As powerful and positive as those videoconference sessions were, our visit to the Cape Coast Slave Castle hit me to the core of my soul and I found it difficult to breathe. I cried and mourned with tears that would not come, which has never happened to me before. It’s because my soul was sobbing from the inside. When I was down in the male slave cell, I saw a bunch of wreathes that were placed to honor the ancestors. I can’t tell you how I felt when I saw the Obama Family wreathe. Our tour guide told us that we were walking on the remains of our ancestors, which I physically felt. I won’t be able to write much about the effects it had on me personally – being in those cells, because there is too much to wade through on so many levels, especially emotionally, mentally and spiritually. I do know that social justice – in all of its forms – is at the top of my list. Suffice it to say, I believe, from the bottom of my heart, that every American, at some point in their life, either virtually or physically, should learn about these Slave Castles and make their own sojourn to see them. The reason why (in my opinion) is that each person experiences their visit to the Castles in such an individual way, depending on their background and history. Since every American was affected by 100s of years of slavery, either directly or indirectly, these Castles – and their role in the Trans-Atlantic Slave Route - should be spoken about much more in high schools. I know sooooooooo much is lacking in U.S. history courses, but hopefully things are changing. I regret that I did not learn more about the Slave Castles earlier on in life, other than hearing about them briefly in school and from friends who had been there. None of them could really talk about it, and I can now understand why. I believe that America’s future could be brighter if every American took it upon themselves to learn more about our collective history, with the Castles acting as a catalyst or symbol of a devastating and painful past. It was hard for me to hear when I heard later from some SAS’ers that they had felt nothing by being there, but I am not going to judge. Sometimes it takes a while to grasp the profundity of a situation – some people have to take a step back in order to reflect upon things. That’s the beauty of being human – no two people experience something in the same way.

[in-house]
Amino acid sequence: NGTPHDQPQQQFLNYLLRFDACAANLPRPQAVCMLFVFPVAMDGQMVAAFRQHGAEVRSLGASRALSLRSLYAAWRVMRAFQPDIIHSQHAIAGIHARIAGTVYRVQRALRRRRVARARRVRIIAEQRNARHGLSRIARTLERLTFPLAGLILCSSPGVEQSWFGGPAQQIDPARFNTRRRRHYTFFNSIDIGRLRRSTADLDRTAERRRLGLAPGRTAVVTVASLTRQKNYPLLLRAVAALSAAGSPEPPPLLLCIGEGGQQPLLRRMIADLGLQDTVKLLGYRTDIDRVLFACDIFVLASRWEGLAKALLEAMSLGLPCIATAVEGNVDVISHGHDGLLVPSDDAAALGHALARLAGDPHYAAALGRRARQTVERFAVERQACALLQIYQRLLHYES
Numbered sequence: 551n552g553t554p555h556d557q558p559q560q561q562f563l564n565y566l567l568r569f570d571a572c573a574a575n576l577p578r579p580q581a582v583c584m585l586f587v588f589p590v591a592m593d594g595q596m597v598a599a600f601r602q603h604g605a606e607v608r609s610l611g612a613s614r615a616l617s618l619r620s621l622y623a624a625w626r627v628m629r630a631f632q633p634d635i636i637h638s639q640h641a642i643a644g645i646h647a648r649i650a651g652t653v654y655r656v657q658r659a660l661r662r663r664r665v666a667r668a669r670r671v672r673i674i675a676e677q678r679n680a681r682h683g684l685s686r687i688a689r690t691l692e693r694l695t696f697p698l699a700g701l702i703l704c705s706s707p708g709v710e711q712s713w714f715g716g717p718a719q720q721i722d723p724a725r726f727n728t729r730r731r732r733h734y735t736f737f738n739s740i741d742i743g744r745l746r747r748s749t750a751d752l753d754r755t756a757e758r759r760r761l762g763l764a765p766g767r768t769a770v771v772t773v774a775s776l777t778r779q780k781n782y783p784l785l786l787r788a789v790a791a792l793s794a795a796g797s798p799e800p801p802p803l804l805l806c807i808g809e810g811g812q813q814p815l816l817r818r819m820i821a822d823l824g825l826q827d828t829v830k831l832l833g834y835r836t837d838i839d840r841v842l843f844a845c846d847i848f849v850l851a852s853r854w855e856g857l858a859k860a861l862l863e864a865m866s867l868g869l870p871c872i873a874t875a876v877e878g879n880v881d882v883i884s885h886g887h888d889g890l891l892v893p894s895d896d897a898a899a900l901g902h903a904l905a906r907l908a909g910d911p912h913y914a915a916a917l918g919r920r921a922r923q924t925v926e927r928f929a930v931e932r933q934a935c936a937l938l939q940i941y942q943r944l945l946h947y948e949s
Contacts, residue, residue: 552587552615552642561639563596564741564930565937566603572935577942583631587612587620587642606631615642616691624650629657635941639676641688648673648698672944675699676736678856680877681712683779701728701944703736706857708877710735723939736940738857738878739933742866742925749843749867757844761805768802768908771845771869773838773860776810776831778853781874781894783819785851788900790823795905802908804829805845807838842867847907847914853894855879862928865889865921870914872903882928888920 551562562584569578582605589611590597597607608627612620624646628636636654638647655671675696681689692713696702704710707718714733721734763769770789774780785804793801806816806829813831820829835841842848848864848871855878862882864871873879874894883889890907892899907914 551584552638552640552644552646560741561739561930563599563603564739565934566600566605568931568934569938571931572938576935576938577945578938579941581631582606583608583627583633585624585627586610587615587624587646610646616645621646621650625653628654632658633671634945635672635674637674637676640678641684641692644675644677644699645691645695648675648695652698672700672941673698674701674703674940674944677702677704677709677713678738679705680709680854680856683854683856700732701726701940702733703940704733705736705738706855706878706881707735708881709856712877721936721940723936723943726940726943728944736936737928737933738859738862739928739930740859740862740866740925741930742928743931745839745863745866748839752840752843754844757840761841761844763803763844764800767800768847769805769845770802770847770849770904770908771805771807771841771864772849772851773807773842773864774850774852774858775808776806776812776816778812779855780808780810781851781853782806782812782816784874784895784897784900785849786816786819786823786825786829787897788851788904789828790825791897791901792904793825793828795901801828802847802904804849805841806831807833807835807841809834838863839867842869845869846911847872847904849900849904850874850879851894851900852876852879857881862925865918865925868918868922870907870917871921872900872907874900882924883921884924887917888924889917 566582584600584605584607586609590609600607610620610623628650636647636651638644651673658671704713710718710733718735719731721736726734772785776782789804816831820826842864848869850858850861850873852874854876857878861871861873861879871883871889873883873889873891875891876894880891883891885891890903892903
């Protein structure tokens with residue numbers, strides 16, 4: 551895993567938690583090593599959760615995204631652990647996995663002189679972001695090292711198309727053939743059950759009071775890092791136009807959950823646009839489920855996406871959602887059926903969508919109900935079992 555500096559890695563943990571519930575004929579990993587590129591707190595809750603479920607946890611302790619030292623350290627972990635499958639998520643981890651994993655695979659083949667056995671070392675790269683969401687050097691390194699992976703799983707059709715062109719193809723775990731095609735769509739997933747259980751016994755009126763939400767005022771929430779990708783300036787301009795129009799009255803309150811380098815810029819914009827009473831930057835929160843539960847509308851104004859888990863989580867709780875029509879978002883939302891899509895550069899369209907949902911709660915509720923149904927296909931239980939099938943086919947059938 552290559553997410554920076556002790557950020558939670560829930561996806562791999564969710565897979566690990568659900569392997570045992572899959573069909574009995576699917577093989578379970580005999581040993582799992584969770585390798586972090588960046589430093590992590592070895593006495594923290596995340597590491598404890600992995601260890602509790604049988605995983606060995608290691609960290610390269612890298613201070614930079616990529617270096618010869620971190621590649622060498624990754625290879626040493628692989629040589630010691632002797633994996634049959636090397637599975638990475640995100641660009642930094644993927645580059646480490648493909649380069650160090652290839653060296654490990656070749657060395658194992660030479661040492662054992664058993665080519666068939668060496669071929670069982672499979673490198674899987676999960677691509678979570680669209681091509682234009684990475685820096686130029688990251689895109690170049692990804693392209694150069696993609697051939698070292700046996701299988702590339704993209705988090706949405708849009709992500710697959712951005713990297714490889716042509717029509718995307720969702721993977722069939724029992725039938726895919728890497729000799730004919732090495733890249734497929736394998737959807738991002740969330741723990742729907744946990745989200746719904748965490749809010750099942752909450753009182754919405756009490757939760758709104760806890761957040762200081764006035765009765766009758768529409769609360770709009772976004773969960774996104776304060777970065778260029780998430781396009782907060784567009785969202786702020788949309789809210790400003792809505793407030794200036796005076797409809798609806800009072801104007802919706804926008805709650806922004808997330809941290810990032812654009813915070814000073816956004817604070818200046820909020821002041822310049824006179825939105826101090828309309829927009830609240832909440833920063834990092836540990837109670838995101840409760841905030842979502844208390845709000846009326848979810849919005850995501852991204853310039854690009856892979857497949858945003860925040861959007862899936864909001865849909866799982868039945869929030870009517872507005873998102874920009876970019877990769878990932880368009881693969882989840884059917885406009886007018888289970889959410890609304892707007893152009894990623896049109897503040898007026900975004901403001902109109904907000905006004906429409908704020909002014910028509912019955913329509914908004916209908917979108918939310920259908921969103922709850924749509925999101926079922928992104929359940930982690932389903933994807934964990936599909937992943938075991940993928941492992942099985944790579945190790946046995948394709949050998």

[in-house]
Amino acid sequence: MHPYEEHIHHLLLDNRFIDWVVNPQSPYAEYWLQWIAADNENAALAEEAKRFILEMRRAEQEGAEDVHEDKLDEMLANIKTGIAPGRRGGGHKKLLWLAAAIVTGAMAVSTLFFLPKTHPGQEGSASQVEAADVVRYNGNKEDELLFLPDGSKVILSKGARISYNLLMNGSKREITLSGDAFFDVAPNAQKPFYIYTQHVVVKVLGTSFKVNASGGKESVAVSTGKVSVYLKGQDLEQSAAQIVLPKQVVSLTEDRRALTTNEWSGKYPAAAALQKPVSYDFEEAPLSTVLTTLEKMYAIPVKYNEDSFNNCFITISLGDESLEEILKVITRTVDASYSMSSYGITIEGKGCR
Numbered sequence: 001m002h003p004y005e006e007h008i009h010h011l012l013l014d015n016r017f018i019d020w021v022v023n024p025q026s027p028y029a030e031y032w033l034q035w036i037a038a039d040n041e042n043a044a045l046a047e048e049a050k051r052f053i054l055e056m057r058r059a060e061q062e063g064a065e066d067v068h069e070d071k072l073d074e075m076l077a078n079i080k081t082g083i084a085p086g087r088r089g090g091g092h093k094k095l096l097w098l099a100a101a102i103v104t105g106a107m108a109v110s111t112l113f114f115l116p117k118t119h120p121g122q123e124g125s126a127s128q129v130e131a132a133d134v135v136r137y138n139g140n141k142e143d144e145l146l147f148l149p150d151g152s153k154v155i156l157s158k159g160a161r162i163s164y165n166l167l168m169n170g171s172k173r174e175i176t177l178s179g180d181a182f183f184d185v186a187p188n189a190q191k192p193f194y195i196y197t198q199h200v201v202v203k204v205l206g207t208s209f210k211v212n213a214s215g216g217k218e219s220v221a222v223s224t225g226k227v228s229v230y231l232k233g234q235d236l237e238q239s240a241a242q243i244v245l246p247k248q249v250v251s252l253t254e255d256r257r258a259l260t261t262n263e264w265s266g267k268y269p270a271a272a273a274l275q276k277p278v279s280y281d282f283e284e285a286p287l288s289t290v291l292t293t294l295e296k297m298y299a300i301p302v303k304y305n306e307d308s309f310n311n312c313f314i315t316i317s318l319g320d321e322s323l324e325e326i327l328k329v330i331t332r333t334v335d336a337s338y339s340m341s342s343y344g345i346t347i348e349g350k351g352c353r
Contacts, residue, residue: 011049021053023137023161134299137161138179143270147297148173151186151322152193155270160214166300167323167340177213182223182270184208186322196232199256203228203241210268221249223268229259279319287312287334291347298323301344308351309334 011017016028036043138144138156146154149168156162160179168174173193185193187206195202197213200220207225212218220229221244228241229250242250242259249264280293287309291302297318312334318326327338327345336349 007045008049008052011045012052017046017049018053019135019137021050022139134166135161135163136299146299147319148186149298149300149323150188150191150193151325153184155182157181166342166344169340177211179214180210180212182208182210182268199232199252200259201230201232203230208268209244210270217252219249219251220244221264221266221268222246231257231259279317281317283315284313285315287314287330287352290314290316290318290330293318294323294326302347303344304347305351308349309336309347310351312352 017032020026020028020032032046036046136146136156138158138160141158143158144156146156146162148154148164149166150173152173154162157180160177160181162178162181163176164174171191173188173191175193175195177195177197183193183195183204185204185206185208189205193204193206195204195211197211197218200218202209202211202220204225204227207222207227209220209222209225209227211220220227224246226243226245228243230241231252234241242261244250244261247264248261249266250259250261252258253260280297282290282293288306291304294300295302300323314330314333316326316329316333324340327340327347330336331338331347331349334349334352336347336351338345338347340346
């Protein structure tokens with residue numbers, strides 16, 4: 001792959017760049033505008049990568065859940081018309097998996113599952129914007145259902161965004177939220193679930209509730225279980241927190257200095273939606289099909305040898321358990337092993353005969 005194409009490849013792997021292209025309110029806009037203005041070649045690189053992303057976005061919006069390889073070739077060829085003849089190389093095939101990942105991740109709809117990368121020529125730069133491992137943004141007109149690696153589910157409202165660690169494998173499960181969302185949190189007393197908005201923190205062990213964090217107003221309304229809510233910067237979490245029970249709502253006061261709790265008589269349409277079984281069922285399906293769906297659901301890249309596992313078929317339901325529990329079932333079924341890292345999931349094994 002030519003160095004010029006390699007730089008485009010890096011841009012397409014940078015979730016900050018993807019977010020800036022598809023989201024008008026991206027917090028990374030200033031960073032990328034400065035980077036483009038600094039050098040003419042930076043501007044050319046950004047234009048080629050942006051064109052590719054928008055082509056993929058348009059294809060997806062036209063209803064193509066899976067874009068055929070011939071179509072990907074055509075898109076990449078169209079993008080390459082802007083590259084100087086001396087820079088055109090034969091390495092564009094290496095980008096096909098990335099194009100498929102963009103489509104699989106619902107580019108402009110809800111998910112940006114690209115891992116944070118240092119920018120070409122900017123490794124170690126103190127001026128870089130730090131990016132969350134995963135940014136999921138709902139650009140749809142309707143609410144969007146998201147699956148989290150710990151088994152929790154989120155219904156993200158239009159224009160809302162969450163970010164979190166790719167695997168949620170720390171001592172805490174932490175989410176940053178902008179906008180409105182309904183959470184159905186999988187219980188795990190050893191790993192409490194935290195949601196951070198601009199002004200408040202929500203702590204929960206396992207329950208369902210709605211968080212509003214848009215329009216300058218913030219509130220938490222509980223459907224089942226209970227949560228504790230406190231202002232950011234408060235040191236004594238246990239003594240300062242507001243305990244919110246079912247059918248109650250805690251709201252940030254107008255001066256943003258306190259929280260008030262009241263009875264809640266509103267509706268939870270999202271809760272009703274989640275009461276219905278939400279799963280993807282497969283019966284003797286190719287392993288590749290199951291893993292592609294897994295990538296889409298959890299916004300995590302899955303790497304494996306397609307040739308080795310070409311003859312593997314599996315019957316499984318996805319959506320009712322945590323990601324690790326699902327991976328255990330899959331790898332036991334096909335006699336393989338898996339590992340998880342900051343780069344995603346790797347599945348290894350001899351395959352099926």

Regarding the Cape Coast Castle, GNG was honored and fortunate enough to broadcast a live videoconference from the Cape Coast Slave Castle with a brilliant museum educator named Kwesi. He had given the Obama family their own personal tour of the Castle when they came in July. I asked him how it was to meet President Obama, and I really liked his response. He said that he had read “Dreams from My Father,” to learn about Obama as a man, and not just as a President. Therefore, they had a lot of heart to heart conversations because Kwesi interacted with him at a much more personal level. What an insightful man. Let me tell you, this videoconference with Kwesi, a school in New Jersey and a school in Canada, was in the top 10 of all videoconferences ever hosted by GNG. Kwesi is an erudite scholar who has been giving tours of the Cape Coast Castle for 10 years, and has even written a book about it. So, you can imagine that his responses to the students’ questions just blew us all away. We had a clear shot of the castle via the satellite, which made it all the more real for the students. Their questions to Kwesi were right on point as well. We could have gone on for hours, but the satellite cut off after only about a half hour, much to our chagrin. We’ll post a link to the conference soon on GNG’s videoconference archives so that you can view it. The Director of the Castle told us that he was inspired to see how they might get a virtual museum education program off the ground in the future, as a result of watching the students interact with Kwesi. It really was a surreal experience to spend the day at the Castle and with Kwesi. I don’t think I’ll ever be the same, but I can’t tell you how I might change, because I am waiting for my soul to catch up to my heart and mind in order to fully process the experience.
Here is a link to the Castle Museum:
Phew - not sure if I should write anything more. I do wish I could have stayed in Ghana longer! I think I will end here with my writing and just leave all of us to ponder the following plaque that I saw at the Cape Coast Castle - which is found at the top of the blog.
We arrive in Cape Town on Saturday, October 3rd.